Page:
History of King's Highway 3A (Niagara):
Highway 3A was an alternate route to Highway 3 that was established to serve the new Peace Bridge when it opened to traffic in 1927 between Fort Erie and Buffalo, New York. Provincial Highway 3A was first assumed by the Department of Public Highways (DPHO) on May 11, 1927. Prior to 1927, there was no provincial highway route through the southern portion of Welland County. In addition to serving the Peace Bridge at Fort Erie, Highway 3A also provided improved highway connections to Port Colborne. Highway 3A branched off of Highway 3 at Chambers Corners and continued for 43 km to the foot of the Peace Bridge in Fort Erie. Initially, Highway 3A was gravel-surfaced for its entire length, although it did not remain that way for very long. The entire highway was paved from Chambers Corners to Fort Erie in 1928.
The original route of Highway 3A through Port Colborne followed Killaly Street. However, on May 2, 1928, the DPHO assumed a new route for Highway 3A through Humberstone. This new highway diversion through Humberstone provided an alternate route for traffic crossing the Welland Canal, while the canal was being diverted and reconstructed. The Humberstone Diversion was paved in 1929. It is believed that the Humberstone Diversion was also signed as Highway 3A. On June 15, 1930, the original alignment of Highway 3A via Killaly Street was decommissioned, once the New Welland Canal Bridge at Humberstone opened. That same year, Provincial Highway 3A was re-designated as King's Highway 3A.
In order to improve the highway numbering logic in the Niagara Falls area, the Highway 3 and Highway 3A designations in Welland County were reversed in 1930 . Previously, Highway 3A ran from Chambers Corners to Fort Erie, via Port Colborne, while Highway 3 ran from Chambers Corners to Niagara Falls, via Welland. It was determined that the former route of Highway 3A provided a much more direct highway connection to the United States than the route offered by Highway 3. As a result, the route designations were swapped. The old route of Highway 3 to Niagara Falls via Welland became Highway 3A. The new 419 km route of Highway 3 to Fort Erie created a more convenient through route for travelers heading between the Peace Bridge in Fort Erie and the Ambassador Bridge in Windsor. The post-1931 length of Highway 3A was 40 km.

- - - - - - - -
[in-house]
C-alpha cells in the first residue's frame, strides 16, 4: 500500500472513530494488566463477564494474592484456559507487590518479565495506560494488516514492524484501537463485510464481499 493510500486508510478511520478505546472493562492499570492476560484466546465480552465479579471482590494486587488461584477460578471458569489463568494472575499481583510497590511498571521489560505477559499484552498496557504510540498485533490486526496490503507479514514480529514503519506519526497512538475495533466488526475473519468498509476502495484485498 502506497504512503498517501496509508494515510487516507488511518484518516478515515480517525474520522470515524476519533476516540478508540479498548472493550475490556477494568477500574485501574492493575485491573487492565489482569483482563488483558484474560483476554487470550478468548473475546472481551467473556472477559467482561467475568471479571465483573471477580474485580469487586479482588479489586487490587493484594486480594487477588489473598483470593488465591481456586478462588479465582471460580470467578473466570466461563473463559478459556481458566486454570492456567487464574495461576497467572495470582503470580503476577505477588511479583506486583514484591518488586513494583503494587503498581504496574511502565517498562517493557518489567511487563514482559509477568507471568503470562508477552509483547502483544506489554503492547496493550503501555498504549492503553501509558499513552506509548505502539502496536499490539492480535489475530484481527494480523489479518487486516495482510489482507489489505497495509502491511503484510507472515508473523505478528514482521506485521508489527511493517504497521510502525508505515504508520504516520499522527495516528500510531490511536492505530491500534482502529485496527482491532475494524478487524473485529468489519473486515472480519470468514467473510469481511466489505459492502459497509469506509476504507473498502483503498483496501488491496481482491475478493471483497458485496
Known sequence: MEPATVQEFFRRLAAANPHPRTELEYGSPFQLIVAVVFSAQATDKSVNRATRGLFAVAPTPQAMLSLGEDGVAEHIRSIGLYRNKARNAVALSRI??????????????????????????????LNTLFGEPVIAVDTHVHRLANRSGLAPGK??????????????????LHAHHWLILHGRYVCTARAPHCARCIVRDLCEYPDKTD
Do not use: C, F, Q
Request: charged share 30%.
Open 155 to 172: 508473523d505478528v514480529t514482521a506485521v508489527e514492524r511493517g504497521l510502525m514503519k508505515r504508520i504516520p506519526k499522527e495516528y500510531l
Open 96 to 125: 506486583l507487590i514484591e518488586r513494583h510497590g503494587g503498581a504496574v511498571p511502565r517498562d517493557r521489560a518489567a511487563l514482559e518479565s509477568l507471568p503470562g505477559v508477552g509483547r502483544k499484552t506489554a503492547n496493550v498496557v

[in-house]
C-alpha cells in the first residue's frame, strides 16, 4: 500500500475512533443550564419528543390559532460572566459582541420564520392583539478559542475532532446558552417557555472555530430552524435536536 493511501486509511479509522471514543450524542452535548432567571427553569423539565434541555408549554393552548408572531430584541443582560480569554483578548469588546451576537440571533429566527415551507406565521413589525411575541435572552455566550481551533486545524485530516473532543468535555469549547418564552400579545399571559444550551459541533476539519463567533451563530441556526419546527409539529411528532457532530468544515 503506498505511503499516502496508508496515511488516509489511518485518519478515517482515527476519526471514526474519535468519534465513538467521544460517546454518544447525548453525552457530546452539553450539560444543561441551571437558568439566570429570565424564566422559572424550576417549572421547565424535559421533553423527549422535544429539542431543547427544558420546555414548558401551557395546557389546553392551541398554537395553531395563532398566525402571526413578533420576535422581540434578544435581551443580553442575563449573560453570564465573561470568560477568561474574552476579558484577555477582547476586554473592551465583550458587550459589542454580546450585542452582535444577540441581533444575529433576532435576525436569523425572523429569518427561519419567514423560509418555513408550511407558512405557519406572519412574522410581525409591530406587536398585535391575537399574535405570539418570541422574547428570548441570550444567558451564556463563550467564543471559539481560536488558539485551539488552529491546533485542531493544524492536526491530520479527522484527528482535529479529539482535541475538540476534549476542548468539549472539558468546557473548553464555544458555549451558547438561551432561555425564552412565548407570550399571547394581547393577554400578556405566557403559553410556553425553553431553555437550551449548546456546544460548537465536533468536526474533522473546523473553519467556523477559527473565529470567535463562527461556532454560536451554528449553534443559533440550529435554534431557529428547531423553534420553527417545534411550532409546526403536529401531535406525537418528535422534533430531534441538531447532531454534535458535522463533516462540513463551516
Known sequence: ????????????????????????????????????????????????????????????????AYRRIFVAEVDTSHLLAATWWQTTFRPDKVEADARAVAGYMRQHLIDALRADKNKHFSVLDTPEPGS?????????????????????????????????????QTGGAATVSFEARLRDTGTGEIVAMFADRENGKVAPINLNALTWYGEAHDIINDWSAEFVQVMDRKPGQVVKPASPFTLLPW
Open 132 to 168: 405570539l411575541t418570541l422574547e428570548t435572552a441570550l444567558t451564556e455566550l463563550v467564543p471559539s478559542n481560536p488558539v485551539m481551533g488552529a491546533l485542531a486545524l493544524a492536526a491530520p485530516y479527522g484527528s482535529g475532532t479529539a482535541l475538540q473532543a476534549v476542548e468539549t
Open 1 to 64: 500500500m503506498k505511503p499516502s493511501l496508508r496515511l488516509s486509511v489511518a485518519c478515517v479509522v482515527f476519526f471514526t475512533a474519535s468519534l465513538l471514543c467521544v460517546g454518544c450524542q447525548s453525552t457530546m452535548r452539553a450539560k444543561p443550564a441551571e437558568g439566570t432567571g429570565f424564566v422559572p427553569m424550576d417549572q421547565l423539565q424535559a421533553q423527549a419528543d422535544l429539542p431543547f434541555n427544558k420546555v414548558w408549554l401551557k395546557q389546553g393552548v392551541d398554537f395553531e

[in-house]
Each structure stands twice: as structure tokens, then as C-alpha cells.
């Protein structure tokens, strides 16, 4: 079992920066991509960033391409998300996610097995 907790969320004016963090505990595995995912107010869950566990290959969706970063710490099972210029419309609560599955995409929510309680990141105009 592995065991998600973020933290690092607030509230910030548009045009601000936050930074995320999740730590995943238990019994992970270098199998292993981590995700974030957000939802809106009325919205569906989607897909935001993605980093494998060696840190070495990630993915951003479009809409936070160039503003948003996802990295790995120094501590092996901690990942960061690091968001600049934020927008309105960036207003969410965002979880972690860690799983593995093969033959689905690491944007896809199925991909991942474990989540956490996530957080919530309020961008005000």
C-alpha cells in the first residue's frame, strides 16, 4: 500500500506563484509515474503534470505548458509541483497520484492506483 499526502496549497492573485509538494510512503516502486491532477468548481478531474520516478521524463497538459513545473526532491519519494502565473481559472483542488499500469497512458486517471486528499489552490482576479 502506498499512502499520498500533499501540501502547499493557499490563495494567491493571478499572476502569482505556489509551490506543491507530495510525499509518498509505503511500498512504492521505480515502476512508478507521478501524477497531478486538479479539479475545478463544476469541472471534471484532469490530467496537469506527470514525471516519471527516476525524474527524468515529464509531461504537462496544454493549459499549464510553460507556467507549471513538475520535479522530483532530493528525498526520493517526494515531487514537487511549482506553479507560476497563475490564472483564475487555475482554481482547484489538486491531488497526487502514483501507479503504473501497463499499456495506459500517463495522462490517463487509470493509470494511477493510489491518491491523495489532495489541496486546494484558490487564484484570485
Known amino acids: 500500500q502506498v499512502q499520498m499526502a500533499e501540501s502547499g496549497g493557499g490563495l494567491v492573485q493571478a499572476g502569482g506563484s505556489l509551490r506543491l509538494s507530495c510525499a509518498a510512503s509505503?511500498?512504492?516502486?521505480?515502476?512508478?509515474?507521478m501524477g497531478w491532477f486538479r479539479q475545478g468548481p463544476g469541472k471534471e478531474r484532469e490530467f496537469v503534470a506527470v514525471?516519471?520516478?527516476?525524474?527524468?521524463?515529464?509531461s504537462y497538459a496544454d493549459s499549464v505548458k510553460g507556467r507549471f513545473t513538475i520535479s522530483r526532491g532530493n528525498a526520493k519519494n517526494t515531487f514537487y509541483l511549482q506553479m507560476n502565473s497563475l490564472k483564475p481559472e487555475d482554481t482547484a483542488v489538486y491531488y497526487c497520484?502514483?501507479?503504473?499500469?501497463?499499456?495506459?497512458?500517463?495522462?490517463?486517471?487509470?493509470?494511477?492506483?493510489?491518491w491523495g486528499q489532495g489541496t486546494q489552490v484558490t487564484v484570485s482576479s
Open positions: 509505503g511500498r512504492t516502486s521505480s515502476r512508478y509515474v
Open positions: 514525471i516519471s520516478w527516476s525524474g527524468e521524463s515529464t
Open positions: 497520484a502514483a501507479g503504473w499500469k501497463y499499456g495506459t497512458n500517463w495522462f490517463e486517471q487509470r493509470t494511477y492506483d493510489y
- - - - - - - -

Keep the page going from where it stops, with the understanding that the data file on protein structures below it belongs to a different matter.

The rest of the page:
In 1937, Highway 3A was designated concurrently with Highway 58 between Welland and the Highway 20 Junction near Allanburg. A short diversion for Highway 3A and Highway 58 was completed at the north side of Welland in 1937, which saw Merrittville Highway realigned so that it formed a continuous through route with North Main Street (now known as Niagara Street). The new diversion, about a half-mile in length, was designated as a King's Highway on November 30, 1937. The old Highway 3A and Highway 58 alignment, via Aqueduct Street, was later transferred back to the City of Welland. In 1959, the Welland Bypass was completed and opened to traffic. This new arterial road followed the route of the Niagara-St. Catharines and Toronto Electric Railway from Thorold Road to West Side Road, forming a new western road link which bypassed Downtown Welland. The new route was called Prince Charles Drive, and was designated as Highway 3A & Highway 58 on May 28, 1959. Highway 3A & Highway 58 was also designated along Thorold Road between Prince Charles Drive and Merrittville Highway (Niagara Street).
In order to simplify the highway numbering between Welland and Niagara Falls, Highway 3A was truncated at the Highway 58 Junction in Welland in 1965. The remainder of Highway 3A's route from Welland to Niagara Falls ran concurrently with either Highway 58 or Highway 20. It was decided that the concurrent designation between Highway 3A and these two routes was no longer necessary. The removal of the Highway 3A designation between Welland and Niagara Falls resulted in a reduction of Highway 3A's length to only 15.6 km. The last surviving section of Highway 3A between Welland and Chambers Corners was formally decommissioned in 1970, finally erasing this once important highway from existence. The route of Highway 3A was transferred to the newly-formed Regional Municipality of Niagara on August 20, 1970. The former route of Highway 3A is now known as Niagara Road 24 & Niagara Road 27. A different, unrelated Highway 3A existed in Windsor during the late 1920s and early 1930s.